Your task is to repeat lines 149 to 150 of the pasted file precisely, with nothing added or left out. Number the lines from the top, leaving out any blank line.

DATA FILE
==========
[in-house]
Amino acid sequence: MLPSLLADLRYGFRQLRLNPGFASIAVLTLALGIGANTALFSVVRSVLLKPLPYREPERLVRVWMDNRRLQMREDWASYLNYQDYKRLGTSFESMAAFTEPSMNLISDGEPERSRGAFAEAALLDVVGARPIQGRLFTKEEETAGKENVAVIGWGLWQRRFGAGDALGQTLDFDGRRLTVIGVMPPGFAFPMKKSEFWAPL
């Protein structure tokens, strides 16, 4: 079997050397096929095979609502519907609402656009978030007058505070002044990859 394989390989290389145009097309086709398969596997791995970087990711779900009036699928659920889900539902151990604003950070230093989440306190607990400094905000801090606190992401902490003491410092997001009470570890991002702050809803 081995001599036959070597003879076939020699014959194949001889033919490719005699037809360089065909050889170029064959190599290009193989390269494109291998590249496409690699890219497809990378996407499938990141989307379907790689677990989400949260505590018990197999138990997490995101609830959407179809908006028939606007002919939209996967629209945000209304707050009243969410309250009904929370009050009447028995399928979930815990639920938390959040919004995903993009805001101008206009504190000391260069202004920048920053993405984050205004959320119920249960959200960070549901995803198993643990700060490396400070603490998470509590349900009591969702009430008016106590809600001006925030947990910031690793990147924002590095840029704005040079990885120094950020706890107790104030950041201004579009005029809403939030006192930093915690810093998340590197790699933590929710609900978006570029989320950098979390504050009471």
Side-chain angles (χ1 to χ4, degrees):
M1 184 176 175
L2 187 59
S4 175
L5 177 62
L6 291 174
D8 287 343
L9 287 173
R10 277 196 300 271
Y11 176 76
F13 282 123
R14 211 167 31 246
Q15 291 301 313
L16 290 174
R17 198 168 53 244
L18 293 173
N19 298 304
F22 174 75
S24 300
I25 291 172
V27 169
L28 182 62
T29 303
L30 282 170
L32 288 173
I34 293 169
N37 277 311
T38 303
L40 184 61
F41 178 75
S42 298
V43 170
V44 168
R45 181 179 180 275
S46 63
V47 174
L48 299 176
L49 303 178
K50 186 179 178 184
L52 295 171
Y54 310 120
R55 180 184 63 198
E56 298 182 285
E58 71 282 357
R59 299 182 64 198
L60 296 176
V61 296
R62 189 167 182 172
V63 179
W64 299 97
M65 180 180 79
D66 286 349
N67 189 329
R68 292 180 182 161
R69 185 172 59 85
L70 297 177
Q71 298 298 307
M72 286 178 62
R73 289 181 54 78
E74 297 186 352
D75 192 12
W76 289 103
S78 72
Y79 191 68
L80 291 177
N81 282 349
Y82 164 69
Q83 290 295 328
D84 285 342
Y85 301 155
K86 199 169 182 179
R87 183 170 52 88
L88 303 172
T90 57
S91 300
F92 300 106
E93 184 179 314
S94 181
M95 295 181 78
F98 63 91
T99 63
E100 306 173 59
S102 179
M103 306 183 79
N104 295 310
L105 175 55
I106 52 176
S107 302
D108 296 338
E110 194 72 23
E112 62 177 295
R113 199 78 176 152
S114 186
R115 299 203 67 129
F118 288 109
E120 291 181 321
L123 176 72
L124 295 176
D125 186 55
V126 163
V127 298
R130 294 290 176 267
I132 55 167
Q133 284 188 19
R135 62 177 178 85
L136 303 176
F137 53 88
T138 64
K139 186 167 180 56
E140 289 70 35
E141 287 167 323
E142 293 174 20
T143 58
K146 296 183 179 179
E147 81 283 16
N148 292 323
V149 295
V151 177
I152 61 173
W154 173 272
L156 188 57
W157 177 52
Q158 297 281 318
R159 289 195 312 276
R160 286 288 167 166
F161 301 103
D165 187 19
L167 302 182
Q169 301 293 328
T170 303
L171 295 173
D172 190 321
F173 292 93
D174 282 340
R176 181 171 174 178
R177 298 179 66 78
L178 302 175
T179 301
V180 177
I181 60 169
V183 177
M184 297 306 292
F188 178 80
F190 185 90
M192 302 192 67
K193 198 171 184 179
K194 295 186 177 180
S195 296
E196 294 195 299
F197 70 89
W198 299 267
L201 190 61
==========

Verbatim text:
K193 198 171 184 179
K194 295 186 177 180